CONCORD — New Hampshire’s longtime Secretary of State Bill Gardner survived a serious challenge from former Executive Councilor and Democratic gubernatorial candidate Colin Van Ostern in January, eking out a four-vote win in a joint session of House and Senate.
In the aftermath of that election, Republican representatives who supported Gardner filed a bill (HB 374) to prohibit candidates for Secretary of State and State Treasurer from forming political committees or political advocacy organizations.
Those two positions are elected by lawmakers, not the general voting population, which puts them in a separate category in which fundraising could be prohibited, but the House voted against that on Thursday, killing the bill 236-139.
Supporters of the bill argued that the estimated $250,000 raised by Van Ostern, mostly from Democratic donors upset with Gardner’s support for GOP-backed election laws, set a dangerous precedent.
“Those constitutional offices should not be beholden to the fundraising process,” said Rep. Katherine Prudhomme-O’Brien, R-Derry. A law banning fund-raising in contests for Secretary of State and State Treasurer “would be consistent with the state constitution and would level the playing field,” she said.
Rep. William Pearson, D-Keene, said the matter is “not just about elections but free speech.”
“Candidates deserve the unfettered opportunity to make their views known so that the electorate can intelligently evaluate their qualities and positions,” he said.
“Secretary of State Gardner is still our Secretary of State, despite a robust election process that just happened, without these sorts of restrictions on the books. He enjoys many advantages of incumbency, and he does not need the legislature to further advantage his office by suppressing political speech.”
There are just three states in which the legislature elects the Secretary of State — New Hampshire, Maine and Tennessee. Maine recently passed a law prohibiting its treasurer from raising campaign funds.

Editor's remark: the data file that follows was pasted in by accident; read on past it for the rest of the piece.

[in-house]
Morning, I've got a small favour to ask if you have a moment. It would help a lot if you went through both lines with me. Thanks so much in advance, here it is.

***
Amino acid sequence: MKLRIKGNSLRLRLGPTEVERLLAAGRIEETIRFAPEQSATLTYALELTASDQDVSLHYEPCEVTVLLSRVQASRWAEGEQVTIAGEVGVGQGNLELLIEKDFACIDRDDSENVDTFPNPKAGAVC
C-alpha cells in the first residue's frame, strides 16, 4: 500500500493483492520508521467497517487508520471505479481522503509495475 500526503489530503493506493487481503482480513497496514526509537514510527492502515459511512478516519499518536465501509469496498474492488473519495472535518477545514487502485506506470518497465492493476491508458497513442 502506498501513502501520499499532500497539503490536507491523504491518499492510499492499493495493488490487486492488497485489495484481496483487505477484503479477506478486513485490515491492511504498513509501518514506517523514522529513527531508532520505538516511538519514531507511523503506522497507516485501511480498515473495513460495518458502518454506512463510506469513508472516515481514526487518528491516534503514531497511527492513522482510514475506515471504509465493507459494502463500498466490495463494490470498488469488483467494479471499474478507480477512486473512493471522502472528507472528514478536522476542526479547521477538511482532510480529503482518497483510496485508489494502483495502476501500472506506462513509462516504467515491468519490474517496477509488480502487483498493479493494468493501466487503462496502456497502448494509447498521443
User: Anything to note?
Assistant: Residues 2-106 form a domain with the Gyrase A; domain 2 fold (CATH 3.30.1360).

Deputy Secretary of State David Scanlan testified in support of the bill at its public hearing before the Election Law Committee.
“The Secretary of State has to be above reproach, has to run the office in a non-partisan fashion, and cannot look like he or she is playing favorites because of party affiliation or because someone has made a contribution,” said Scanlan. “When we start going down that road, we lose something that is currently special in New Hampshire.”
Other House bills
The House also passed a bill (HB 497) that would require the state to pay its share of retirement system contributions for teachers and municipal employees, in a 256-120 vote.
Before 2008, the state contributed 35 percent of the retirement liability to the state system. By 2012, that amount was reduced to zero, leaving local taxpayers to shoulder the entire employer share.
“Because of this financial burden, many municipalities have had to forgo other needs in order to fund their retirement contributions,” said Rep. Jaci Grote, D-Rye. “Many schools have a gap in their budgets due to this burden as well.”
The House also passed a bill (HB 211) that prohibits employers from requiring people to list their previous salary on job applications.